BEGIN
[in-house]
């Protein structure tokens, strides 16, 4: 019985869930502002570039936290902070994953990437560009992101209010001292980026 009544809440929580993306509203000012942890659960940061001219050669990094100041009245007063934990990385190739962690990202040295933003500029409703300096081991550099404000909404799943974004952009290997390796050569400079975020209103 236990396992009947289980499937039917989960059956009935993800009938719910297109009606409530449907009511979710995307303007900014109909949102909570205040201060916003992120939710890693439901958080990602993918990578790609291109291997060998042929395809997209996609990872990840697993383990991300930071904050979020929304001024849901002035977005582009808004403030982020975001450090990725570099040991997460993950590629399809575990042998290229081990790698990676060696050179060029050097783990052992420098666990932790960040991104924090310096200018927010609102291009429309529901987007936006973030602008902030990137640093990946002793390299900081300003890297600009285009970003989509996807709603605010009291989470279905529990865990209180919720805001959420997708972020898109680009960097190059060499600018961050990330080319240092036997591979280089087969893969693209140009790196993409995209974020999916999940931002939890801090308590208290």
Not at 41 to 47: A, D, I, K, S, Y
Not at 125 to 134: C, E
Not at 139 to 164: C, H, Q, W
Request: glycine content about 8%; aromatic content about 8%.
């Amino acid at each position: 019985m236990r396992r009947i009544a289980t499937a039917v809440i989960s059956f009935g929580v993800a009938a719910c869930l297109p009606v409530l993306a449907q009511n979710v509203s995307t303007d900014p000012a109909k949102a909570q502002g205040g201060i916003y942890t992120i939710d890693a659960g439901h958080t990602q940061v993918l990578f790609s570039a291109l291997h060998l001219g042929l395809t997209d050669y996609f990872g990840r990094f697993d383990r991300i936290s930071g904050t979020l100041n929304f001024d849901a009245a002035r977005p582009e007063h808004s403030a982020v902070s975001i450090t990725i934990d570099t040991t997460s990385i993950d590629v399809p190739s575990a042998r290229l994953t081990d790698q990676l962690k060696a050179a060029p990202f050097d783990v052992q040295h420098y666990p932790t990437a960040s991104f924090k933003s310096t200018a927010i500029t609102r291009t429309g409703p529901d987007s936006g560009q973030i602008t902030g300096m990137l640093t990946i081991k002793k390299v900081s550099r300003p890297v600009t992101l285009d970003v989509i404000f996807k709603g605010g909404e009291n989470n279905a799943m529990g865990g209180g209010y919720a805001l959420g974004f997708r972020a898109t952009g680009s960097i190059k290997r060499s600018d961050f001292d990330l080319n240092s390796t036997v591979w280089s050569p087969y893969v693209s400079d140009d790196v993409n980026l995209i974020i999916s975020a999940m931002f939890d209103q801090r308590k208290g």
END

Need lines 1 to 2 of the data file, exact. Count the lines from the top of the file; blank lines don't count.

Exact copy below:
[in-house]
């Protein structure tokens, strides 16, 4: 019985869930502002570039936290902070994953990437560009992101209010001292980026 009544809440929580993306509203000012942890659960940061001219050669990094100041009245007063934990990385190739962690990202040295933003500029409703300096081991550099404000909404799943974004952009290997390796050569400079975020209103 236990396992009947289980499937039917989960059956009935993800009938719910297109009606409530449907009511979710995307303007900014109909949102909570205040201060916003992120939710890693439901958080990602993918990578790609291109291997060998042929395809997209996609990872990840697993383990991300930071904050979020929304001024849901002035977005582009808004403030982020975001450090990725570099040991997460993950590629399809575990042998290229081990790698990676060696050179060029050097783990052992420098666990932790960040991104924090310096200018927010609102291009429309529901987007936006973030602008902030990137640093990946002793390299900081300003890297600009285009970003989509996807709603605010009291989470279905529990865990209180919720805001959420997708972020898109680009960097190059060499600018961050990330080319240092036997591979280089087969893969693209140009790196993409995209974020999916999940931002939890801090308590208290």